Another flavor commonly used in baking; clove is also an excellent essential oil for its impressive antimicrobial effects. Used in many cultures as a common tooth-pain reliever due to its analgesic effects, clove is one of the best essential oils for blocking cavity-causing bacteria. Studies have found clove essential oil is effective at blocking the growth of bacteria and fungus. It also appears to be able to penetrate through biofilms and kill staph bacteria where conventional antibiotics struggle. But be careful–clove oil (like cinnamon) is extremely strong and can burn if it’s not well diluted. Check with your vet before diffusing this oil around your pets since it can be toxic to cats and dogs.
An essential oil powerhouse, eucalyptus essential oil is one of the main ingredients in commercial cough suppressants and cough drops for good reason; it has been shown to really benefit health when people are sick. You can make your own homemade version by combining eucalyptus oil with others like peppermint to relieve coughs and help move mucus out of the chest while congested. The unique smell that it offers can help to open up airways. Its antibacterial effects can help fight germs, too. Make sure not to use this one around kids or pets – many of the strong oils on this list can harm them and eucalyptus is no exception.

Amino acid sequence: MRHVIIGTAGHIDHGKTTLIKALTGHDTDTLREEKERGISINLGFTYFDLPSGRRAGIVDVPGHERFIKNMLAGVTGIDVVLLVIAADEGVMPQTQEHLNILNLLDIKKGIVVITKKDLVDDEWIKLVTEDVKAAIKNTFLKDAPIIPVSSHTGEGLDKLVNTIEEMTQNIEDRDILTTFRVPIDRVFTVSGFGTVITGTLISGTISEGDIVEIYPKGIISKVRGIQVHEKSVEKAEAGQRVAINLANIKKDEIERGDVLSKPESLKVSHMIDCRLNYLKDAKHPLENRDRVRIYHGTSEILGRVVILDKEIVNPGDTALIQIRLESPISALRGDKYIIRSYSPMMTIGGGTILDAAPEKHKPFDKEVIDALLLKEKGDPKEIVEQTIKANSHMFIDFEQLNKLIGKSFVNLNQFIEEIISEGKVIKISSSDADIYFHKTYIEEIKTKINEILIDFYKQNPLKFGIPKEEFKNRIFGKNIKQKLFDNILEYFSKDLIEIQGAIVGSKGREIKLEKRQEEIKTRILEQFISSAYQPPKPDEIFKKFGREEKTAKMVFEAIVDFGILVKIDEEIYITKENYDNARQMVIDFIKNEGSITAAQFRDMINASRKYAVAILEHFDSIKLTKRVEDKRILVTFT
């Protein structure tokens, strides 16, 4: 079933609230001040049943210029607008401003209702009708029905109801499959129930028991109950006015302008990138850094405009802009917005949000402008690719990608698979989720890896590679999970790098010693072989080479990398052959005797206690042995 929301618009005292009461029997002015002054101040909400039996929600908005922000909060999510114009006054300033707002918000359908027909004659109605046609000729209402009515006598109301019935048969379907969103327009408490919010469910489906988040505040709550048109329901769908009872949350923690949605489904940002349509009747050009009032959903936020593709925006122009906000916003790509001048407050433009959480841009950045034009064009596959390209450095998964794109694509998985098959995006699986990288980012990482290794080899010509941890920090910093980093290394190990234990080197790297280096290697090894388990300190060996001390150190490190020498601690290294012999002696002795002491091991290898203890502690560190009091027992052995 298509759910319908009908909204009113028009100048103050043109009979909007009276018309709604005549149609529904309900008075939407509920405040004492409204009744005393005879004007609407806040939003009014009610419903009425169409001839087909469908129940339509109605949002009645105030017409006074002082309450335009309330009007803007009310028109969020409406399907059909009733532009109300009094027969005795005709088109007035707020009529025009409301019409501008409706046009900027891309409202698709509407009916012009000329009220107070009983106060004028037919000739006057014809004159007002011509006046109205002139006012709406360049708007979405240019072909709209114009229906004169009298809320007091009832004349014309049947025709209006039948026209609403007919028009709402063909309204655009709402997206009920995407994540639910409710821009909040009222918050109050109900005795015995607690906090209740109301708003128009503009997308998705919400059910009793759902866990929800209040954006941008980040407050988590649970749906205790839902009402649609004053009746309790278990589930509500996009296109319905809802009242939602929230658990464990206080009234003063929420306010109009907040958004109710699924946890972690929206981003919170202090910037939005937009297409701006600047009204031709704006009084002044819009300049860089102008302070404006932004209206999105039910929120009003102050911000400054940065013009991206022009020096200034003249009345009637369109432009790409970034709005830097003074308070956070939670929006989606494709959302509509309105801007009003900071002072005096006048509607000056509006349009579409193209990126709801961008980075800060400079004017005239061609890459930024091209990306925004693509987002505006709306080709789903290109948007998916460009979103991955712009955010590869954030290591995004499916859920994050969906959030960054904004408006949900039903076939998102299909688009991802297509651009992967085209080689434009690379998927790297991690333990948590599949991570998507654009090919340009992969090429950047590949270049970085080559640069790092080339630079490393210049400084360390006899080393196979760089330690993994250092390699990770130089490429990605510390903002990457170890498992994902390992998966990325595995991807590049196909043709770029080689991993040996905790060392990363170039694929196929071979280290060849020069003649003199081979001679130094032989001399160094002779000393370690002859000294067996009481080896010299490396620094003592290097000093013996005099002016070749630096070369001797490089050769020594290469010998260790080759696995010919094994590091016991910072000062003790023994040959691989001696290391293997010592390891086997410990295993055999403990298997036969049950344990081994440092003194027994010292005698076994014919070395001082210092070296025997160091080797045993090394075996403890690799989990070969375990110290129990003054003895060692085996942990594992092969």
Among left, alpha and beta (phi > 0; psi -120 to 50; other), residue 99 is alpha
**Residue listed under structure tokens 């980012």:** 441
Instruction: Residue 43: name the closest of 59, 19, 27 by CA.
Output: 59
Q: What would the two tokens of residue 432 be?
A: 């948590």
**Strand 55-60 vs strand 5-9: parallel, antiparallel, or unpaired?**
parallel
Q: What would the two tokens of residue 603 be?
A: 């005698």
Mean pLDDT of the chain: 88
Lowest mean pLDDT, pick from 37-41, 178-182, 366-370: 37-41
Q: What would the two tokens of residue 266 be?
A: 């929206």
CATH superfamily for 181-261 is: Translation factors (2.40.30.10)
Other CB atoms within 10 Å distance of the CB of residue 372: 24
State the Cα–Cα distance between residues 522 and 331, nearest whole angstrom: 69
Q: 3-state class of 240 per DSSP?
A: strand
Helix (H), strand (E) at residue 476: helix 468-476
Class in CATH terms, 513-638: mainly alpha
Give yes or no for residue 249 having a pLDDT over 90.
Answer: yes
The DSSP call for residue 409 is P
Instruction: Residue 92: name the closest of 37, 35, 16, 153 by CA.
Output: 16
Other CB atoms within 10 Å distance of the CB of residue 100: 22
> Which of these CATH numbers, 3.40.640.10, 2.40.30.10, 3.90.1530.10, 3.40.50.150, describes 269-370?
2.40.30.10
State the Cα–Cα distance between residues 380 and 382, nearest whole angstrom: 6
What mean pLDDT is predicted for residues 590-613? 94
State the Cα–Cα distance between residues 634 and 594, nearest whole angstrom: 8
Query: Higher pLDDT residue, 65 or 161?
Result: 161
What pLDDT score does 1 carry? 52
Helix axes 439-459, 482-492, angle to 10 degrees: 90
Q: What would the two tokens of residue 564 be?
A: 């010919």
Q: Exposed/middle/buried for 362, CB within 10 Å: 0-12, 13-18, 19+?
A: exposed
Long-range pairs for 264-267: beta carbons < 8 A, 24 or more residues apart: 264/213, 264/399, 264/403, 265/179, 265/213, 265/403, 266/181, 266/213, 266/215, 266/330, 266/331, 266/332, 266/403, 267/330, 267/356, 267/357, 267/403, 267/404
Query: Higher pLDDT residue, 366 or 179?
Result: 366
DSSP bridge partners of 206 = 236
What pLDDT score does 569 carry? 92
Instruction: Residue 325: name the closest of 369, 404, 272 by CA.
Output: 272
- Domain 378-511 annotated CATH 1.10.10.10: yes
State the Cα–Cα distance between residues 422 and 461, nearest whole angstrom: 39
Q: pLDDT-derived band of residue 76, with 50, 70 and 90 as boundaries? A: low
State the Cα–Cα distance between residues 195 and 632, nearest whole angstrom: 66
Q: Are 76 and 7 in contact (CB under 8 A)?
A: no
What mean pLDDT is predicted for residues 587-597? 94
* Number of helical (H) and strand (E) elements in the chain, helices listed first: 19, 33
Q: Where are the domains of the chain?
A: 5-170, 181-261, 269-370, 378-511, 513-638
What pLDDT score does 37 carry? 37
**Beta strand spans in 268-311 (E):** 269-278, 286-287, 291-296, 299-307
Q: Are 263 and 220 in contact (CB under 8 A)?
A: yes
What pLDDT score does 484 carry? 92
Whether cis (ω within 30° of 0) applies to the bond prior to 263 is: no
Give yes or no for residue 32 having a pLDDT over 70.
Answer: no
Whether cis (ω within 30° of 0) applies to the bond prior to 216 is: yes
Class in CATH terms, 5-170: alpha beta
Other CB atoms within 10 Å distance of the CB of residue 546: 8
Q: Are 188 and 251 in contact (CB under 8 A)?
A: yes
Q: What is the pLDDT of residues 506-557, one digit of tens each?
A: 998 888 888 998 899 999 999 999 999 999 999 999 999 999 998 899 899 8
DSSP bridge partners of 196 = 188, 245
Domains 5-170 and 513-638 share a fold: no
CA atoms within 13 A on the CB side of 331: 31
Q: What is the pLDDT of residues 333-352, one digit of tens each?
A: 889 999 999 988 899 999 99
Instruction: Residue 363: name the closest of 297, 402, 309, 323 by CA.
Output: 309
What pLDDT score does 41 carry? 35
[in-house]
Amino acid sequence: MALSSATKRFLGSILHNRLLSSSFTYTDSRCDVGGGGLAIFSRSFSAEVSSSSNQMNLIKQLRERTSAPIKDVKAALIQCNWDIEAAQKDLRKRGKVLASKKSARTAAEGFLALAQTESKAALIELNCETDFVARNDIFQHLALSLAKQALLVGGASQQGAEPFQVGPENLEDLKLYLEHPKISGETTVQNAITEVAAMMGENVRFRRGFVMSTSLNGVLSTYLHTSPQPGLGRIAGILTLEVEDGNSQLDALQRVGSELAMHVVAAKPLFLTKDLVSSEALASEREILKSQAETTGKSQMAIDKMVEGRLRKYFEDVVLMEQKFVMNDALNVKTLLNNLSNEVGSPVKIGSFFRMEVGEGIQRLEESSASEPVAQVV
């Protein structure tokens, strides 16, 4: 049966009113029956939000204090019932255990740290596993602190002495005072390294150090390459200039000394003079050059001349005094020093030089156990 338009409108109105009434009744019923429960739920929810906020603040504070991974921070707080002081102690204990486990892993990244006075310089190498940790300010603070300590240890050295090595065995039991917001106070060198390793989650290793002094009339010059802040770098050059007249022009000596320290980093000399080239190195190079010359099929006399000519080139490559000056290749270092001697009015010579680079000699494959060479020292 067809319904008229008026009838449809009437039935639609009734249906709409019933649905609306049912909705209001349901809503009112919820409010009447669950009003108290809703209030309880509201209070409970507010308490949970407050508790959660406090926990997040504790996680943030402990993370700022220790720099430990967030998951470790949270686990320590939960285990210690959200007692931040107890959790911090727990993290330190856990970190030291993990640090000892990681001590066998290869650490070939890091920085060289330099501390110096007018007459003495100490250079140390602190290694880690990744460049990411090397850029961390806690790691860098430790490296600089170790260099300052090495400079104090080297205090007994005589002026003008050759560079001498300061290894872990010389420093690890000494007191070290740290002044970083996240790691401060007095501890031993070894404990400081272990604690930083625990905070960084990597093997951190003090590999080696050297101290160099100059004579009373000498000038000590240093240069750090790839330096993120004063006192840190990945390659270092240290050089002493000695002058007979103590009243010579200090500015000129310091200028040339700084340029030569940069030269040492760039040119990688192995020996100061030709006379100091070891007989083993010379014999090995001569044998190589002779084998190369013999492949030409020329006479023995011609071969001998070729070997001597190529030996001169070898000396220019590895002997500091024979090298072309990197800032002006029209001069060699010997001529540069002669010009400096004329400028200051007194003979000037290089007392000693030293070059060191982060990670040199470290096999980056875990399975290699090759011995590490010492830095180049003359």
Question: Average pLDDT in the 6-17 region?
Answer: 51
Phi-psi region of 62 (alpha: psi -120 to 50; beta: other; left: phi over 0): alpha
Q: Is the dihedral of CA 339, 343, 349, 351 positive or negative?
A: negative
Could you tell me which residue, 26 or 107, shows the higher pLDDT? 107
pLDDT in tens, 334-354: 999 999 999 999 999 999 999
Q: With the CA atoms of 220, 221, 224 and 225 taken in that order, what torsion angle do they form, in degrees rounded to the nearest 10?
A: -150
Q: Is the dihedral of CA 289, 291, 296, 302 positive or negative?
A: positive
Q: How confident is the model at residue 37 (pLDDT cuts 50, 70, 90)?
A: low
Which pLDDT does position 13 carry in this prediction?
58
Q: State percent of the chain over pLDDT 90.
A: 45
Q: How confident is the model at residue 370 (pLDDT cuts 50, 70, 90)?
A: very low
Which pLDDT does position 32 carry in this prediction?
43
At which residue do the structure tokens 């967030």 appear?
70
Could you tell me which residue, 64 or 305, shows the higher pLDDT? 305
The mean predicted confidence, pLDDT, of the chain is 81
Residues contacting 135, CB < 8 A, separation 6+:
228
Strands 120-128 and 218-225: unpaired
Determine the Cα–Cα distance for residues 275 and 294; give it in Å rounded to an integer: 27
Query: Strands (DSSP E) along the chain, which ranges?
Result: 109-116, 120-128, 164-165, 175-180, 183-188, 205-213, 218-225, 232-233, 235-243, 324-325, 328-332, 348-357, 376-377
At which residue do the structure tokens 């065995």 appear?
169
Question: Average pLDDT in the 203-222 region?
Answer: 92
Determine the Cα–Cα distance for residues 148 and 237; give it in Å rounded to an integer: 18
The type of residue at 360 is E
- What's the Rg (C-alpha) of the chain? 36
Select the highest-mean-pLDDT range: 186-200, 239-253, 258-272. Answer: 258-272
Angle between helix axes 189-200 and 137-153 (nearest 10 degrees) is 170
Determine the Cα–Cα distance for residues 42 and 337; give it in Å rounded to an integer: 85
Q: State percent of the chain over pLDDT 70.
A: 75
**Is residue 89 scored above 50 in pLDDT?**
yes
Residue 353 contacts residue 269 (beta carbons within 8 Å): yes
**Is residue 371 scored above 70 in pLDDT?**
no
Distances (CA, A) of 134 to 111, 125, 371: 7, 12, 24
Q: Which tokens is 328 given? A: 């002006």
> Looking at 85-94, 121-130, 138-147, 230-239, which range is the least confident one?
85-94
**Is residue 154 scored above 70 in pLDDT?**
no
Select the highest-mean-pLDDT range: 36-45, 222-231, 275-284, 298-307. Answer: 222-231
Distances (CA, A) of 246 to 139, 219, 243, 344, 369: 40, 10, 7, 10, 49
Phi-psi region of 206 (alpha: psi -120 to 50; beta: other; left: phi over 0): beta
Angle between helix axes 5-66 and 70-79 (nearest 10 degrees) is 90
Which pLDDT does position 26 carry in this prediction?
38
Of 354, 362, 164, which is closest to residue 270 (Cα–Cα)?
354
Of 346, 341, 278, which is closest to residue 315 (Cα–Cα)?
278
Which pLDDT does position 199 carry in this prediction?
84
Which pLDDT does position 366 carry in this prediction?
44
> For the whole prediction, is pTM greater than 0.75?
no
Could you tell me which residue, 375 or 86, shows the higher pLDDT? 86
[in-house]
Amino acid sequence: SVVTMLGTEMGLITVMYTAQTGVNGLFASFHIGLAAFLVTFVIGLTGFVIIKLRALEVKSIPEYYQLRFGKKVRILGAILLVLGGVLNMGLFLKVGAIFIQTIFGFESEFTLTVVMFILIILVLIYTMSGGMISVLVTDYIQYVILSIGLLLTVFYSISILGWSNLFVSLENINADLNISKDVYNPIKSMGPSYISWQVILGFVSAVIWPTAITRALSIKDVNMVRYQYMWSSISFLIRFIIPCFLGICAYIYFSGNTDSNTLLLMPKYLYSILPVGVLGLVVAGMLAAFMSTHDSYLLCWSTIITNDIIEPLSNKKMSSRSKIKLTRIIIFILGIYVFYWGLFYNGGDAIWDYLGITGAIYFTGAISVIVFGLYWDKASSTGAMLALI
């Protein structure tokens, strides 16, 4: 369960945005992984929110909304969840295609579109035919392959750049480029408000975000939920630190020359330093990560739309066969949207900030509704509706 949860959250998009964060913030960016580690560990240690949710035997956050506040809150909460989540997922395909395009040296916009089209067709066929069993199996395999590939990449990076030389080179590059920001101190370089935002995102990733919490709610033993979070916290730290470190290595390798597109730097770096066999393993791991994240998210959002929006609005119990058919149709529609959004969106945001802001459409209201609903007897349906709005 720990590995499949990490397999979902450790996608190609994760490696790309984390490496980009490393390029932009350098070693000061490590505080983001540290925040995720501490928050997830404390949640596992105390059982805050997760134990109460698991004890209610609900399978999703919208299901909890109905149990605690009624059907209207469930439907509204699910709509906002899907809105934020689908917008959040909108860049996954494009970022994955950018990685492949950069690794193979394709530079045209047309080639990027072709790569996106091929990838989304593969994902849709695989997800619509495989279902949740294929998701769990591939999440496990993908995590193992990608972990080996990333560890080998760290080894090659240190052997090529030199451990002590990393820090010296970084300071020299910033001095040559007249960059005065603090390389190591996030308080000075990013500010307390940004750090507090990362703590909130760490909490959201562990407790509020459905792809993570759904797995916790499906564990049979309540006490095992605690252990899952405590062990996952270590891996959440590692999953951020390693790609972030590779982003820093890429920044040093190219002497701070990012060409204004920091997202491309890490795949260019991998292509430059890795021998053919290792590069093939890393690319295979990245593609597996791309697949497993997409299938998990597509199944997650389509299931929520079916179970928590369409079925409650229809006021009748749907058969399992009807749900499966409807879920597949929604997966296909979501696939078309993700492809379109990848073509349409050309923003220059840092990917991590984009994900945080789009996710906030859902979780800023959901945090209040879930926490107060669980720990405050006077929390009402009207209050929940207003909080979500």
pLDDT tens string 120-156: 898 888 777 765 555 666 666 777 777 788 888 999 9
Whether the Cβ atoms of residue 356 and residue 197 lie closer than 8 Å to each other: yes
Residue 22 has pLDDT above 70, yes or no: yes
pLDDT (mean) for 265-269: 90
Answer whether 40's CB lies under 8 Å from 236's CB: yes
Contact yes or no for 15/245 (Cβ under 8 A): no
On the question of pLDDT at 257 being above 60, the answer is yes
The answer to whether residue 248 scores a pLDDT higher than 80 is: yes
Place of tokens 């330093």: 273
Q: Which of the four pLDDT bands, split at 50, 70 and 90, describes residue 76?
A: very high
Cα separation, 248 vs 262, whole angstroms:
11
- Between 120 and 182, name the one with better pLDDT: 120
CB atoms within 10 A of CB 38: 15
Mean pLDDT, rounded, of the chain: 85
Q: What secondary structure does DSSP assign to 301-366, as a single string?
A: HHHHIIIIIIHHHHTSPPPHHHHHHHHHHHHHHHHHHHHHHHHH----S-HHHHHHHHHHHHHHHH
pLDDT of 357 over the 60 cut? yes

You can find lemongrass in Asian-inspired cooking but it’s uses go far beyond the kitchen. This essential oil has proven antimicrobial effects. Research shows that lemongrass is effective against bacteria that cause skin and respiratory infections. It can be made into a salve or a soothing topical that you can gently inhale. On top of these benefits, lemongrass is also antifungal, even fighting against fungus that causes athlete’s foot. This is a great one to keep in your gym bag and medicine cabinet because it can be used for many different ailments.